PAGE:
U.K. Tory Suggests Johnson Could Execute Surprise August Brexit
Boris Johnson, U.K. prime minister, center, and Robert Buckland, U.K. justice secretary, second left, listen to employees during a visit to HM Prison Leeds in Leeds, U.K. (Photographer: Nigel Roddis/Pool via Bloomberg)

U.K. Tory Suggests Johnson Could Execute Surprise August Brexit

(Bloomberg) -- A senior U.K. Conservative suggested Boris Johnson could take Britain out of the European Union in the next 10 days -- without a deal -- as a surprise maneuver to outflank his opponents in parliament.

Tom Tugendhat, chairman of Parliament’s Foreign Affairs Committee, floated the idea on Twitter that Johnson could deliver Brexit before the Group of Seven summit begins on Aug. 24, and then call a general election afterward. “What odds would you give?” asked Tugendhat, a backbench member of the premier’s party.

Johnson has vowed to take Britain out of the bloc on Oct. 31 -- the current deadline -- “do or die,” without a deal if need be. Once Parliament has returned on Sept. 3, moves will begin from Johnson’s internal Conservative opponents to try to stop a no-deal Brexit. Former Chancellor of the Exchequer Philip Hammond said Wednesday he was confident there was a route to doing this.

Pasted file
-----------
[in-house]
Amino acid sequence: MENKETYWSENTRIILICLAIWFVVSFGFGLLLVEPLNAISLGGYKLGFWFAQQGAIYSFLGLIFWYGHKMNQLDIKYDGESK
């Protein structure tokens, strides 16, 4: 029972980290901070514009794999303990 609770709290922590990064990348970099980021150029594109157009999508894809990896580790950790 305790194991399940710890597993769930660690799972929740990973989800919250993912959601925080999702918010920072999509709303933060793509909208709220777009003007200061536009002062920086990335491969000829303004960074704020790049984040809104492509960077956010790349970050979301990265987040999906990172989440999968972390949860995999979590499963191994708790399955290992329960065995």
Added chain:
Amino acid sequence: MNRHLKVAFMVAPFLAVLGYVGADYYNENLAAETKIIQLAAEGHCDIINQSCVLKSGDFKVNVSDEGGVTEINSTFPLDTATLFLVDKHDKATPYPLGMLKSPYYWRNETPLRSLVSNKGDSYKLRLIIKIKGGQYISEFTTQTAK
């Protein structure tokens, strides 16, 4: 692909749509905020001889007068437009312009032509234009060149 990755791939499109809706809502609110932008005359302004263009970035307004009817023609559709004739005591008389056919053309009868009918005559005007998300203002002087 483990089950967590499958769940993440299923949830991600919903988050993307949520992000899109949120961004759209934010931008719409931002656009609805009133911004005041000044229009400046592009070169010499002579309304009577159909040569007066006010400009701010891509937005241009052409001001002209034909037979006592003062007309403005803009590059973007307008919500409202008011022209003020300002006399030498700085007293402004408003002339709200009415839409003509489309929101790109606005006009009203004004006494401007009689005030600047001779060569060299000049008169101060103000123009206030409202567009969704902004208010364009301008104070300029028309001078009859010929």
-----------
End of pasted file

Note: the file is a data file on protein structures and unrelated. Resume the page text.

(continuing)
According to Tugendhat -- who also opposes a no-deal Brexit -- the prime minister needs no authorization from Parliament -- which is currently on vacation -- to end Britain’s EU membership before lawmakers return from their recess.

U.K. Tory Suggests Johnson Could Execute Surprise August Brexit

The problem with a move would be that it would take industry and the markets by surprise as well. Businesses might struggle to adapt to the sudden change of regulatory environment, delivered without warning. And if a no-deal Brexit did lead to border chaos, doing it in August would hit voters as they traveled to and from their summer vacations.

There are also questions about whether Tugendhat’s interpretation of the law is correct. Steve Peers, Professor of EU, Human Rights & World Trade Law at Essex University, replied to him that the EU would have to agree.

Johnson’s office didn’t immediately respond to requests for comment.

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